GTK+ has the GtkPlug routine which allows external processes to be displayed. As of version 2.8 this also works on Windows. Do many EiffelStudio developers use .NET visual components? If not many than perhaps having a consistent toolkit is more desirable. I would be more interested in .NET if the Eiffel version worked on Mono.

      But standardizing on GTK is in my opinion not good. All GTK applications I've seen on Windows are not that great even if a few screenshots show that it is quite close to be a native application

      I tried out Gedit and GIMP and they seemed ok to me although Gedit had a few things missing like the external tools facility. But maybe the Windows versions are not as good because the developers haven't put as much effort into making them so. These ports are more like an after thought. Also this is free software. If it were commercial there would be a much greater motivation to make the Windows version as good. (sorry, hope I don't offend anyone saying that)

      (e.g. I've been using Pidgin for messaging and it functions ok but doesn't look nice at all). Moreover getting GTK installed manually is a daunting task. On Unix and Mac, you have some packaging tool to help, on Windows I've never tried but I'm sure people who have ever tried to compile GTK from source code will know the pain that is.

      I have some experience of using the GTK+ code base on Windows for my SVG rendering component and I discovered a great shortcut to this horrible task: use the prebuilt binaries downloadable from gnome.org (win32 and win64). I have a general purpose Eiffel scons building framework that knows how to download and extract selected components and build an installable package based on $ISE_PLATFORM. I had no trouble linking them with the MSC compiler.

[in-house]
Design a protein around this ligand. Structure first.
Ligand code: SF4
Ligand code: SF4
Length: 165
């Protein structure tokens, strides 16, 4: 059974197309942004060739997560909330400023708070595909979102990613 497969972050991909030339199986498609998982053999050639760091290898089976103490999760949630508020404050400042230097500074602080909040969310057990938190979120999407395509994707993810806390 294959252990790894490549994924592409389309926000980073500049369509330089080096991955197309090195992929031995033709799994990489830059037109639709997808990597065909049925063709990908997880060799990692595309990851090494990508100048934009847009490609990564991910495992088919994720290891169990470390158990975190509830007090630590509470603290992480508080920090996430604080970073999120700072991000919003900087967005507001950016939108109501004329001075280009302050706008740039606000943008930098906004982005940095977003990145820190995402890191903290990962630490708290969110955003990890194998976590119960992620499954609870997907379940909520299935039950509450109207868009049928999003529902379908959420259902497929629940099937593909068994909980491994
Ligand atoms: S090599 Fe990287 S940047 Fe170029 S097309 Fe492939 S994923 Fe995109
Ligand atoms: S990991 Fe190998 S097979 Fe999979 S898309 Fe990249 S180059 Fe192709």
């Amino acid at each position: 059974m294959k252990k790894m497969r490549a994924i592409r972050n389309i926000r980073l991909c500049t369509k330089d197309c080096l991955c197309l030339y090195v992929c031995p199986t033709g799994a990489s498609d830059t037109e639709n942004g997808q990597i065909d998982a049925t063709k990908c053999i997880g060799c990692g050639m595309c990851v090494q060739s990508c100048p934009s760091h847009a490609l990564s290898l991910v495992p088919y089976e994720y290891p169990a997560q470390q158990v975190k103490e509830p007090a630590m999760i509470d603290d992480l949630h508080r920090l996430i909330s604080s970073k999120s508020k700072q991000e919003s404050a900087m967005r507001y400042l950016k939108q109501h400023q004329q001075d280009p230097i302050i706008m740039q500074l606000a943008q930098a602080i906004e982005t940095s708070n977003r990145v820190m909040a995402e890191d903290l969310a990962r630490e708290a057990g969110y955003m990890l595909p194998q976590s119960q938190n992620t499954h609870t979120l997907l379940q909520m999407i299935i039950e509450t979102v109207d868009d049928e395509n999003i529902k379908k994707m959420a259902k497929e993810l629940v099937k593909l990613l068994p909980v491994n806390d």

On the other hand, Qt a similar framework to GTK looks more appealing to me as a user interface. Last time I checked `Skype' was written using Qt and it looks very nice (http://en.wikipedia.org/wiki/Category:Software_that_uses_Qt external). I'm not saying we should use Qt, actually 15 years ago we had that choice to make: Qt vs GTK. We chose GTK because of its C nature and true openess.

      I agree Qt does look better and I am all for having a Qt framework in Eiffel if it doesn't take too long a time to make something reliably usable. Another possibility is the Mozilla development framework. It provides a standard interface to native components on a wide range of platforms using the XUL user interface language. It's very tried and tested being used on the Thunderbird email client and Firefox and some other apps. XUL allows you develop a UI using the XUL XML spec with JavaScript. Since it's already designed with a high level of abstraction in mind, it might lend itself well to an Eiffel port with an Eiffel interface replacing the XML/JavaScript.

      What we are thinking at the moment is possibly rewrite EiffelVision without relying on any high level framework, just 2 low level ones: - event handling - graphics and possibly perform all the drawing ourselves. This gives us the freedom to implement behaviors the way we want and not being imposed a windows or GTK specific behavior. It also allows users to easily write widgets/components (currently you have to write for one platform and then write it again for the other supported platforms), while still be able to use platform specific widgets made by third parties.

      That sounds like a good approach but would it take a long time to implement? You could also use selected libraries from GTK like the Cairo library for graphics. This the underlying library I use for rendering SVG as PNG. It works well on Windows and *nix.